The good news? We can narrow down your selection right away. Glass cutting boards are, in our humble opinion, the worst. They’re easily breakable and hard to clean, they make a noise akin to nails on a chalkboard when your knife hits them, and they destroy your knives. If you value a sharp knife, don’t use a glass cutting board. That leaves you with two main options: plastic or wood.
The bad news? The answer isn’t as cut and dry as you might assume. There are advantages and disadvantages to both. You’ve probably heard that wood is better for the longevity of your knives, and that’s true. But wood cutting boards are more expensive and heavier, and also require regular upkeep (i.e., oiling) to ensure they last. You also can’t put them in the dishwasher. On the other hand, plastic cutting boards are usually pretty cheap, don’t take up a lot of space and can be tossed into the dishwasher for easy cleaning. But they’re not as gentle on your knives and they don’t last as long as wood cutting boards do.
Within the wood category, there are a few options too. End-grain boards (with the ends of the wood facing up, like a cross-section) are gentler on knives, more resistant to cuts and will hold up better over time, but they are pricier and prone to cracking without proper care. Edge-grain boards (with the edges of the wood facing up) are more affordable, but they’ll wear down a knife blade faster and show scratches.
There are also bamboo cutting boards, which, for our purposes, we’ll group within the wood category, even though they’re technically grass. (More on those later.)
What Cutting Board Is Best For Raw Meat?
For a long time, plastic cutting boards were the gold standard for raw meat, fish and poultry, because they’re less porous and easier to clean and sanitize. But studies have since debunked this myth: A new, smooth plastic cutting board is easy to clean, yes, but once your knife leaves deep grooves and nicks, it’s a lot harder to get rid of lurking bacteria. A University of Wisconsin-Madison study found that hardwood surfaces (like maple) actually trap bacteria beneath the surface, where it dies instead of multiplying on the surface.
The USDA confirms that “consumers may use wood or a nonporous surface for cutting raw meat and poultry,” so as long as you’re thoroughly cleaning and sanitizing your wood cutting board (and/or using a separate one for raw veggies), it’s perfectly safe to use for prepping raw meat.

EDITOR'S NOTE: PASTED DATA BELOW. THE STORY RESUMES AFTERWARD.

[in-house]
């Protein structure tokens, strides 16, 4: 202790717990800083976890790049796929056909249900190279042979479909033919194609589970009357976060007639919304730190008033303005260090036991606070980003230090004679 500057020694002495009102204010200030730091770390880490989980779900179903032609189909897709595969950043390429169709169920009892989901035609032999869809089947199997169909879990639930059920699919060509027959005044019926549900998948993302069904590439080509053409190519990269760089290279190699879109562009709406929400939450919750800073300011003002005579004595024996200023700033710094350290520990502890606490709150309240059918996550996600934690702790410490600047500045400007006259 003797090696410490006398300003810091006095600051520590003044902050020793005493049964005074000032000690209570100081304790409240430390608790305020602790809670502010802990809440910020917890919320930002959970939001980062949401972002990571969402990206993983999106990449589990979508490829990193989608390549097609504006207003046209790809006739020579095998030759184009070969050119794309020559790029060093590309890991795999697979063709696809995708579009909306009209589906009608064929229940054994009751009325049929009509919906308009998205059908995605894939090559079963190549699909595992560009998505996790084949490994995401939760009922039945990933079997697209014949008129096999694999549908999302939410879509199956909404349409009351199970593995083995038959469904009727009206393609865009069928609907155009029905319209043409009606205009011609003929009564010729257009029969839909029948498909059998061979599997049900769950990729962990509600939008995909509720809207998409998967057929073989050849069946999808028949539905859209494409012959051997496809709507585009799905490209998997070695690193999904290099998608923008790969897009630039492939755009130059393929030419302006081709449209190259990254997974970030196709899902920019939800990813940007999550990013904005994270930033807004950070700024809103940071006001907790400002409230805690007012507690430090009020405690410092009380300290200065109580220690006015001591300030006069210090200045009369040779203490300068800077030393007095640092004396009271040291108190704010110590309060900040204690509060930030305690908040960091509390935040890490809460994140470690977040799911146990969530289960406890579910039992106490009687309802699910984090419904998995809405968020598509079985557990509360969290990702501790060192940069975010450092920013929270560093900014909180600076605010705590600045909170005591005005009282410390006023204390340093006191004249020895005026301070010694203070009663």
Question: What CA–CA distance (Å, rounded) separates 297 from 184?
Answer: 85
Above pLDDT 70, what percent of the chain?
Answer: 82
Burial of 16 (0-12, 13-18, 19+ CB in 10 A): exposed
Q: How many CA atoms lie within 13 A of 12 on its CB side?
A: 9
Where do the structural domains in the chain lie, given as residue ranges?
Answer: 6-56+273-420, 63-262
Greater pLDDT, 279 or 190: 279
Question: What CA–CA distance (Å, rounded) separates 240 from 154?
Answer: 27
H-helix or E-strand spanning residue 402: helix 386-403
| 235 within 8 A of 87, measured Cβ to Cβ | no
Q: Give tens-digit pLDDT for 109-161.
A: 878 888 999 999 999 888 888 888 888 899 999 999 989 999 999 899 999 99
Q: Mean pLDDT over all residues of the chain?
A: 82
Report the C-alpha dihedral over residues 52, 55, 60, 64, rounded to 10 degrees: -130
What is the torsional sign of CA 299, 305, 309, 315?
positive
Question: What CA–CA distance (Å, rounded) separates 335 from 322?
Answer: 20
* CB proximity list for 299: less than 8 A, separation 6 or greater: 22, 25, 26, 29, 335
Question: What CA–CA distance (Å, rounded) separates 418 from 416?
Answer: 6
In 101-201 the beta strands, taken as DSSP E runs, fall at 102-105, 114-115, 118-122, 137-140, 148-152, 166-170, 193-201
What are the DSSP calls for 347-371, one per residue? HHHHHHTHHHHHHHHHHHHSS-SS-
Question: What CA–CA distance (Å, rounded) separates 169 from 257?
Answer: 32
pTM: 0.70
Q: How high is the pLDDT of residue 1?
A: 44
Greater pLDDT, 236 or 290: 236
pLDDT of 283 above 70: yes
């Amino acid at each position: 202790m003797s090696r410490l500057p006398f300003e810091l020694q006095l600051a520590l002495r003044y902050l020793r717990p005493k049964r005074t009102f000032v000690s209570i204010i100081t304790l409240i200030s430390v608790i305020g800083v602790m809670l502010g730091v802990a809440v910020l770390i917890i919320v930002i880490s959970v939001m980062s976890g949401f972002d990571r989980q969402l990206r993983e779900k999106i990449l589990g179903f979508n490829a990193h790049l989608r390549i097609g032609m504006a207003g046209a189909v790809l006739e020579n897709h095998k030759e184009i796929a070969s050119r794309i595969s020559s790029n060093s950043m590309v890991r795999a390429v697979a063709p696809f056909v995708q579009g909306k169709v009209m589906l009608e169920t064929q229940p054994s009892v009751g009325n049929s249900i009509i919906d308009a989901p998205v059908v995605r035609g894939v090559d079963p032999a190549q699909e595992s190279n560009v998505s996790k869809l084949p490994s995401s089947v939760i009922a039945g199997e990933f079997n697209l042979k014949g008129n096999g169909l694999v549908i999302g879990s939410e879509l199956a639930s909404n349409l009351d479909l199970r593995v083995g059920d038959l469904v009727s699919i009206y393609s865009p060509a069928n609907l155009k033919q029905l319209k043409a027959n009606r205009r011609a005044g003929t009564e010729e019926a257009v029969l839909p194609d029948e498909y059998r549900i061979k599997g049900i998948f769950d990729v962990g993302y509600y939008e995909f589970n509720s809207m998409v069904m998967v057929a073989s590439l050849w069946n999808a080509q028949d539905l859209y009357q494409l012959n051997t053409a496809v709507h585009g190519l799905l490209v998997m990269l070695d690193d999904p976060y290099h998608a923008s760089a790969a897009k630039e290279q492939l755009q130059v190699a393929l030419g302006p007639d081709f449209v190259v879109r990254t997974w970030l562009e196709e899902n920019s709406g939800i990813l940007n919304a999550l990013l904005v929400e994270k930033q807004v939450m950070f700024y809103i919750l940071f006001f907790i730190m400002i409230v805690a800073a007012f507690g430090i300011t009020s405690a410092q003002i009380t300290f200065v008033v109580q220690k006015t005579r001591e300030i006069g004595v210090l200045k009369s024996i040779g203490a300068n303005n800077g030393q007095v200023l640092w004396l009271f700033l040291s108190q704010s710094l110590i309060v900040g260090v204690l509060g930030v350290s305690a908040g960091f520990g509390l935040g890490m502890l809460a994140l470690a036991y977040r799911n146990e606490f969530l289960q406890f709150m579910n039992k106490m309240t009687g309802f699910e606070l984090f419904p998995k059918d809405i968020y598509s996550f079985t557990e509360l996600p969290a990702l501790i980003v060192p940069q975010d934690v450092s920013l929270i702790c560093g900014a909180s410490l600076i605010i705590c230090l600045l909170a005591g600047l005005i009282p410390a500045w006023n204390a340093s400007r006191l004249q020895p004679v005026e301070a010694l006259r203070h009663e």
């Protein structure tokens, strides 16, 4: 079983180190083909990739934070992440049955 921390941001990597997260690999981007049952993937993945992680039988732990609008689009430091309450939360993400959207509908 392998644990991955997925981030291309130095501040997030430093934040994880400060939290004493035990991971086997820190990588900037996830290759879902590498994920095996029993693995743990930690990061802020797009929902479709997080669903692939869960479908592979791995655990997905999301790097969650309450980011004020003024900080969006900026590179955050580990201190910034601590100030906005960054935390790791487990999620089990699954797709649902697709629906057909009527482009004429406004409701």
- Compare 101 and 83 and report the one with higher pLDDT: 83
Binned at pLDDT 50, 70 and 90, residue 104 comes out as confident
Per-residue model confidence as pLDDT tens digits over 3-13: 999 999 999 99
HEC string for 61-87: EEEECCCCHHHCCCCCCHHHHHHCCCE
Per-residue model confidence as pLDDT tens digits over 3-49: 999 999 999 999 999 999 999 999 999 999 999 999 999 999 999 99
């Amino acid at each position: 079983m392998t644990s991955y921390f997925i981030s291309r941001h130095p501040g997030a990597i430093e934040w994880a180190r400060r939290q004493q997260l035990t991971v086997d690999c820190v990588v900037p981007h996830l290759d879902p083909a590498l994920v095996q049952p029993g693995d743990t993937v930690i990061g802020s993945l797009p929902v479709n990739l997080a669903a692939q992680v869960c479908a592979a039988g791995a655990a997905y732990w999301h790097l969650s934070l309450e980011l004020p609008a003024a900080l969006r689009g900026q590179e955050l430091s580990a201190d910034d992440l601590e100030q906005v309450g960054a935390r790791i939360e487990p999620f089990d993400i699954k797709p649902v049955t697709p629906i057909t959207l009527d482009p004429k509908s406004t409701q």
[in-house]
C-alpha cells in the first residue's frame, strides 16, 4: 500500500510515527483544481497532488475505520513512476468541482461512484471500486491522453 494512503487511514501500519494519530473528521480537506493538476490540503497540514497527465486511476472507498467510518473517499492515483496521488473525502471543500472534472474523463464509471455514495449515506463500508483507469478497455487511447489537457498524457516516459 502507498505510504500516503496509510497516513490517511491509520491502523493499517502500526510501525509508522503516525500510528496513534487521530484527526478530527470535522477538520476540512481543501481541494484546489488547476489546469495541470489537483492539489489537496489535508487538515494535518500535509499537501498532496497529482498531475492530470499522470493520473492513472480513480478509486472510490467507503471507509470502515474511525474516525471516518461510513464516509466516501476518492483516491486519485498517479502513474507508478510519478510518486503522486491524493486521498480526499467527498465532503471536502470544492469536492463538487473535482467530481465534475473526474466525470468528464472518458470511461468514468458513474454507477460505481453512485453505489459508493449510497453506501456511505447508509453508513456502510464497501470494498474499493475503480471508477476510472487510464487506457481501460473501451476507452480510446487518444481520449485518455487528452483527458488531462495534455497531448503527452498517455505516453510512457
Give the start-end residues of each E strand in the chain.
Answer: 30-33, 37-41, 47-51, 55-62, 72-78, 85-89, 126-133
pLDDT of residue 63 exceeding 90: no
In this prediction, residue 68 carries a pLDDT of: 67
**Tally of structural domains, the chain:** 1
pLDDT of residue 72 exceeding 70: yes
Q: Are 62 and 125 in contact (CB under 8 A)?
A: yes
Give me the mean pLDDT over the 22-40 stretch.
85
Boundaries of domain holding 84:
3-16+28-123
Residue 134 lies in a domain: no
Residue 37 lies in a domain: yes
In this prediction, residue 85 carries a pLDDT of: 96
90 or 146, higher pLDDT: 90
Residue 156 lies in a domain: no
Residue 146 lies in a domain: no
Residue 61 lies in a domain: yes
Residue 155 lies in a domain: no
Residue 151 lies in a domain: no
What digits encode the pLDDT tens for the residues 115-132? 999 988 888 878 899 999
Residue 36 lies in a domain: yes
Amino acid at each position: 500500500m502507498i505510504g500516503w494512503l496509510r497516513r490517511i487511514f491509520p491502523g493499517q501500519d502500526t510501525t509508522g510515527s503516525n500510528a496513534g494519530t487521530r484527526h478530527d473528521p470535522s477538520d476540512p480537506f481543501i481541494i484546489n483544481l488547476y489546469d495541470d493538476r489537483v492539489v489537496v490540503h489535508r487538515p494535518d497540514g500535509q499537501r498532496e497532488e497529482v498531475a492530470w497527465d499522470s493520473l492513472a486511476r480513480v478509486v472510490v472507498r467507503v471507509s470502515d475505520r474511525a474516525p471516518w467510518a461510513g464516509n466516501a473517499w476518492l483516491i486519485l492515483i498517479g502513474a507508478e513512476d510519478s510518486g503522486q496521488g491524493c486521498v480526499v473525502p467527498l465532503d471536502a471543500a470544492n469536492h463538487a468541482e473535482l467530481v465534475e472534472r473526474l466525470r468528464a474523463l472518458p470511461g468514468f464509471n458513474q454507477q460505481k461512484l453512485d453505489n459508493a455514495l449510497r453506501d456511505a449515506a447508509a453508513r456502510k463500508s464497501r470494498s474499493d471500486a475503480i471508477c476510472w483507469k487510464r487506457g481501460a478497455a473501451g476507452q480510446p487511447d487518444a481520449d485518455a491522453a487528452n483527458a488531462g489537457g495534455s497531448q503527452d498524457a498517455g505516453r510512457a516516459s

With that in mind, we ultimately prefer wood cutting boards over plastic (largely for aesthetics and durability), but there are a few plastic cutting boards we’d recommend, which you can find below.
How to take care of your cutting boards
No matter the cutting board, you’ll obviously want to keep it clean. Plastic cutting boards can go in the dishwasher, but wood cutting boards must be hand-washed (otherwise they’ll split and warp). Hot, soapy water will do the trick for everyday cleaning; to sanitize, use a dilution of a quaternary ammonium–based cleaner, like Mr. Clean. (Psst: This NC State University article is a good primer on proper sanitation of both wood and plastic cutting boards.)
If you’re investing in a wood cutting board, you’ll want to maintain that board so it lasts for years. Luckily, it’s not difficult: Wood cutting boards require seasoning with oil, kind of like cast-iron pans. A food-grade mineral oil, such as John Boos & Co. Mystery Oil, will do the trick. After cleaning or anytime your cutting board looks dry, saturate all surfaces with the oil and rub it in with a soft cloth. Let the oil soak in overnight, then wipe off any excess the next morning.
How can you tell if your board is properly seasoned?
If liquid beads on the surface, you’re good to go. This will prevent your wood cutting board from warping, splitting or cracking. Any accumulated scratches can be sanded out, but if it cracks or splits, it has to go. The same rules apply for bamboo boards.
Now that you know the basics, you can choose the best cutting board for your needs.
15 Cutting Boards We Love